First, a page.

Q&A with student director of one-act; play to be performed this week

Q&A with student director of one-act; play to be performed this week

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Senior Mady McColm is the definition of talented. She writes, acts, plays the ukulele and can now add one more thing to her resume: directing.

Below is a Q&A with Mady McColm, student director of one-act “Blue Highway.” The play, along with Keisha McMillen’s “Consolation” will be performed throughout the week at Wilhoit Theatre. The one-acts are a must-see so make sure to get your tickets before they are sold out.

 What is “Blue Highway” about?

MM: So, “Blue Highway” is essentially a story about companionship. It’s about two men who meet each other under unlikely circumstances and forge a strong friendship. However, expect some zany disasters along the way.

Why did you decide to direct this play?

MM: The One Acts is something that we do on a biannual basis. The theatre faculty at Drury host a nationwide playwriting competition, and the winners of the competition are selected by a panel for directors to choose from. This year, the One Acts feature two student directors, Keisha McMillen and myself. This is one of the first times that I’m aware of that the One Acts have been totally student directed.

My play, “Blue Highway,” didn’t come from the playwriting competition, but was written by the chair of the theatre department, Dr. Mick Sokol. When I was reading the play selections, I thought that Blue Highway had a lot of potential for some creative directing choices. I chose a play that was both entertaining to me and gave me some artistic freedom.

Who will be starring in the production?

MM: The two leads are played by Beau Berry and Jacob Maher, and this will be their debut at Drury University. The rest of the cast includes Stephanie Schumacher, CJ Colbert and Matt Myers.

What days and times can students attend the production? 

MM: The One Acts will run from Tuesday, Nov. 7 to Saturday, Nov. 11. Each night will begin at 7:30 p.m. and Saturday will also include a matinee performance at 2 p.m.

How much does it cost?

MM: Cost for students and faculty is ONLY $3, so go support us! You can buy tickets at the Drury Theatre box office between 1 and 5 p.m., buy tickets online or call (417) 873-7255 to reserve your seat.

If you aren’t student or faculty:

Adult – $14.00
Senior Citizen (55+) – $7.00
Non-Drury Student – $7.00
Child (12 and under) – $3.00

ALSO: Attend all four productions of the season at a savings of over 33% off individual ticket prices. Prices are below:

Adult – $35.00
Senior Citizen (55+) – $17.50
Non-Drury Student – $17.50
Child (12 and under) – $7.50
Drury Faculty/Staff/Student – $7.50

What are you most excited for?

MM: I’m super excited for people to see all the hard work that we’ve all done to make this show a success. I’ve got amazing, dedicated designers that have made the space stunning including the set, light and sound. I’ve gotten a chance to work with amazing stage managers who are far more organized than I will ever be – people who have truly made the show what it is. Plus, I’ve gotten to direct some incredibly talented actors with great instincts and amazing work ethic. I’m so excited to see all the working pieces come together in front of a live audience.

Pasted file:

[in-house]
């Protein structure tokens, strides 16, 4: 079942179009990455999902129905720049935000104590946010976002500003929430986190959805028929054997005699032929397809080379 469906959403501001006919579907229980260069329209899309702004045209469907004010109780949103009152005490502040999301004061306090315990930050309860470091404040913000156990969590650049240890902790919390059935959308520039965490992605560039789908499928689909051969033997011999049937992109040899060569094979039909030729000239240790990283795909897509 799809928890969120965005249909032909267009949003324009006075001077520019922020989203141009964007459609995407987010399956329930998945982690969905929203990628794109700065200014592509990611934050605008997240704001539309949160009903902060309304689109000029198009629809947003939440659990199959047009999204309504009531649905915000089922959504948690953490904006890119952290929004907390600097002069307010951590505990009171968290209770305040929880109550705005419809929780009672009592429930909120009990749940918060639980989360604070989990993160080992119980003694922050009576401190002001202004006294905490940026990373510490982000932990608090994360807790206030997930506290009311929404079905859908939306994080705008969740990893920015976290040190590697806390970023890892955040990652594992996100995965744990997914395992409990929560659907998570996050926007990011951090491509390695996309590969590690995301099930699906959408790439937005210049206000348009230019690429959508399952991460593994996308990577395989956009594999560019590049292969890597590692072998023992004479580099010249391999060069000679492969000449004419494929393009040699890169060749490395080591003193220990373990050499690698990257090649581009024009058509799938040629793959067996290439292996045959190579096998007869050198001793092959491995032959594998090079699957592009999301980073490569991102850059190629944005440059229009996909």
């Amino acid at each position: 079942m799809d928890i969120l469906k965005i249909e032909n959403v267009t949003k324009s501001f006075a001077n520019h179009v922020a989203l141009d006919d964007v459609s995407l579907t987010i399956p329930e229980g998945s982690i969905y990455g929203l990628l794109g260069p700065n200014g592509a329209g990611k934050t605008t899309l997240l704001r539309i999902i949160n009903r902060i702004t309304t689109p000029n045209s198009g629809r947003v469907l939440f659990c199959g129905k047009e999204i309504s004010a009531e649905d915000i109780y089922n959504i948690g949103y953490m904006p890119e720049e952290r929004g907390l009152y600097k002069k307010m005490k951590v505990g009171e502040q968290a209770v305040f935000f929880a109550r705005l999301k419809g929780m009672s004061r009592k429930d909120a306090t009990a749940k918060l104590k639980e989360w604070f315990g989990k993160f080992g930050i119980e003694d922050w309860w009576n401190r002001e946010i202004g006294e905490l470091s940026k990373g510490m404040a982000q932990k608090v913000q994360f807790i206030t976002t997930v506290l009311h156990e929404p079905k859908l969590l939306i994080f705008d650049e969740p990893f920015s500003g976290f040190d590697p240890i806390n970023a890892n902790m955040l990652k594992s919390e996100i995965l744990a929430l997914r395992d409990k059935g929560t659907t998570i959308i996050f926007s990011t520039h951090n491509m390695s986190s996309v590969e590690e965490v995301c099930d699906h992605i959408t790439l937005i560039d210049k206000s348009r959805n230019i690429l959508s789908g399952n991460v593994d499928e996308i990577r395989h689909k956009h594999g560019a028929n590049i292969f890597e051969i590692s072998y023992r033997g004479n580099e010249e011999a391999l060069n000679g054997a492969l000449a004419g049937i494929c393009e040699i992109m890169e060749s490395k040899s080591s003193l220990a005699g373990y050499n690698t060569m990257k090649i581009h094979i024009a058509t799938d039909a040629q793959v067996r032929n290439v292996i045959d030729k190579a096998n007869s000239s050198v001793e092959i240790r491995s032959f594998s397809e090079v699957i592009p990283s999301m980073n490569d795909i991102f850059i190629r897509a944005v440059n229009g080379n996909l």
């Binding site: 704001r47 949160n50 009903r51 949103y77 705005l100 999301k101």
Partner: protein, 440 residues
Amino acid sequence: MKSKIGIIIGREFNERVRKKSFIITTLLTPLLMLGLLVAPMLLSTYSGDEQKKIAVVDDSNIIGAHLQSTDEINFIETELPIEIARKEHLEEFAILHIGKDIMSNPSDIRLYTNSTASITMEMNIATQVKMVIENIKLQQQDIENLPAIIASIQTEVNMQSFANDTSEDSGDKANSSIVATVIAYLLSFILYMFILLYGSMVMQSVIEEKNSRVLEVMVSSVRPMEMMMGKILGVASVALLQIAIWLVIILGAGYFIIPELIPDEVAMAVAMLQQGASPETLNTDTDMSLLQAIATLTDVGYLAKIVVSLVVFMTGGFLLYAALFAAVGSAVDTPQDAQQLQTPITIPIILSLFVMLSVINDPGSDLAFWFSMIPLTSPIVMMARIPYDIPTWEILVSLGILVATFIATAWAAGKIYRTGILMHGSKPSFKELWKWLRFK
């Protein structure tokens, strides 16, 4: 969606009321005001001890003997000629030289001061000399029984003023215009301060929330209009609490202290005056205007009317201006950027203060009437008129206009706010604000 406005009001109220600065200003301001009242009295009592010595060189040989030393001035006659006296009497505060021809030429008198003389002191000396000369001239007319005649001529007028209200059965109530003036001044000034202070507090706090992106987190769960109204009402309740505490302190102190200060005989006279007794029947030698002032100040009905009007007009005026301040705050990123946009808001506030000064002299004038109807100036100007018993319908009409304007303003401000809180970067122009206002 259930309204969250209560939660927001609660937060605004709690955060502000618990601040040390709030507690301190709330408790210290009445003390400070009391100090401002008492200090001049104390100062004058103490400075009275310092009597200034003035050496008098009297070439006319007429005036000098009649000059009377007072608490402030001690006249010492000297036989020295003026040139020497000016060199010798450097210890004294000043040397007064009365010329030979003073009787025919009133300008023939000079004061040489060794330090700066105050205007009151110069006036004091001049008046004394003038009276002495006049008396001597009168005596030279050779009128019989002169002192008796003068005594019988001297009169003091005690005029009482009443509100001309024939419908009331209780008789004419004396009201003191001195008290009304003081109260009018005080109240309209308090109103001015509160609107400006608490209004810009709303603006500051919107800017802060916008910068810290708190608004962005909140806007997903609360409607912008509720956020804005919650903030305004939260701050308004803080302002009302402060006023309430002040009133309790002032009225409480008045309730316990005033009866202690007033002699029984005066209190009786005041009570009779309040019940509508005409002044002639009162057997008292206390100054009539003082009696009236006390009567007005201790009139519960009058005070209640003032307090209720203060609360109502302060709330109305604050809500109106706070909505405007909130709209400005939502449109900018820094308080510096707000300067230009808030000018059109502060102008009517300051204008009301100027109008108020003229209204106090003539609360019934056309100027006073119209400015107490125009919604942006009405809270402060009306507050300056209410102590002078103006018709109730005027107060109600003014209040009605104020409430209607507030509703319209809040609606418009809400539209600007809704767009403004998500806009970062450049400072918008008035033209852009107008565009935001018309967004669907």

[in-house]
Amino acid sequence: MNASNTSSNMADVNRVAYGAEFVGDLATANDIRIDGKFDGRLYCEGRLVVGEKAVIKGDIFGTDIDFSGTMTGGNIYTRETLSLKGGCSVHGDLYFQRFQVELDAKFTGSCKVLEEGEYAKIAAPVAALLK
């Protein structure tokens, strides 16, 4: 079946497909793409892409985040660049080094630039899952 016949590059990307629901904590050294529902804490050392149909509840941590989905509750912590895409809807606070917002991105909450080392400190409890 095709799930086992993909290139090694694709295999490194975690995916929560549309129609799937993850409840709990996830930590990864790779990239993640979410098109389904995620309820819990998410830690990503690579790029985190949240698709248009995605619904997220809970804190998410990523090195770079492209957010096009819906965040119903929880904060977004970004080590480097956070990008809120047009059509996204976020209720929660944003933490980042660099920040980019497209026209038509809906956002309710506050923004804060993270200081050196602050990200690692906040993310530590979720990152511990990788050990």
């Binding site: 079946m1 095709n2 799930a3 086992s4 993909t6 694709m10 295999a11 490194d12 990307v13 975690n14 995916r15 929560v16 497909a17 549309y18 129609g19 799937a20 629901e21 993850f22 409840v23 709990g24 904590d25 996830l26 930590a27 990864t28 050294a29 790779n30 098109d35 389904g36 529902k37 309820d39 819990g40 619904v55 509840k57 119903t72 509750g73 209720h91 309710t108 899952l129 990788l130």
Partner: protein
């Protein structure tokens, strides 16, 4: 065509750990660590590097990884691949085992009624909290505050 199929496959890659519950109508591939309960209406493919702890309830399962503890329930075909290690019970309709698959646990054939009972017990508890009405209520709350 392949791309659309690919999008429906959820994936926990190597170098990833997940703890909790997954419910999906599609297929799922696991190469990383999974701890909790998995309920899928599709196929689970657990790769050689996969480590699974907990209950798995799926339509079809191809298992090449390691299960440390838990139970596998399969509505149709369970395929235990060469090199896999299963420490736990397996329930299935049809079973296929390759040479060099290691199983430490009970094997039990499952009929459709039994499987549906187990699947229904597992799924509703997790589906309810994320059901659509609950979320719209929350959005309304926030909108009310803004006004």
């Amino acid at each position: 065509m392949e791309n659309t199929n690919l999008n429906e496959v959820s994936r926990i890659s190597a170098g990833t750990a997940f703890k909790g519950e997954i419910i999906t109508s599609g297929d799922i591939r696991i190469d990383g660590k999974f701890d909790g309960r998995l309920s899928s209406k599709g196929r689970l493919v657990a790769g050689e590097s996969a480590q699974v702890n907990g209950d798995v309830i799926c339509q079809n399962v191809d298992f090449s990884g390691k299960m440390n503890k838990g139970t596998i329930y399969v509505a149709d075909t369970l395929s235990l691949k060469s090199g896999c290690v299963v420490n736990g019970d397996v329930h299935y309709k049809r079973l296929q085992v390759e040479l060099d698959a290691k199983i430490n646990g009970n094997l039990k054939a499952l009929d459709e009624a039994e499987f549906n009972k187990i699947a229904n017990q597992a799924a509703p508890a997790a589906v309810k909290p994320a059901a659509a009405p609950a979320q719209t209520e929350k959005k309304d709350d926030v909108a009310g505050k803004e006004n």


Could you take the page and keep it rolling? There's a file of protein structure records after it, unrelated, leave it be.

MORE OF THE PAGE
How do you think this play has helped develop your skills as a director?

MM: As a student director, it is all the pressure of being a director with very little experience to back it. I’ve directed some short plays in the past and taken our directing class with Dr. Schraft, but it’s still really new to me. That’s something really cool about Drury University and the theatre department: you have an opportunity to get hands on experience in your interests.

As I said before, apart from our technical director, the play is mostly student operated and designed. It is a lot of responsibility and many people have put long hours in to make this show a success. Every day I learn something new, and I hope that, if I continue to direct at any capacity, that I always prioritize learning from the talented people around me.

What makes your play stand out from the rest?

MM: I think one of the cool parts about my production is that I get to work with the playwright. Working with Dr. Sokol can be intimidating but also very refreshing, because he knows which bits in the script can be changed to fit better with our audience and stage orientation. Working with the playwright is not something a lot of directors get to do and I’m super proud that I get to learn from someone that I respect as both an incredible playwright, director and professor.

What difficulties have you had to overcome?

MM: My show is in alley, which means it will be performed with audience on both sides of the action, creating the look of an alleyway. That makes it pretty atypical.

Seats for the audience will be placed on Wilhoit stage, so many of the audience will be right up in the action. That has been a challenge for me because: 1- I’ve never directed in an alley; 2- I’ve never acted in an alley; and 3- I’ve only seen one other show (ever) set in an alley. It’s a unique set up but it is by necessity that we perform this way and, while it maybe is not the traditional way to block a show, it has made way for some cool and interesting new choices. Since working in the space, I’ve decided I wouldn’t want the show any other way.

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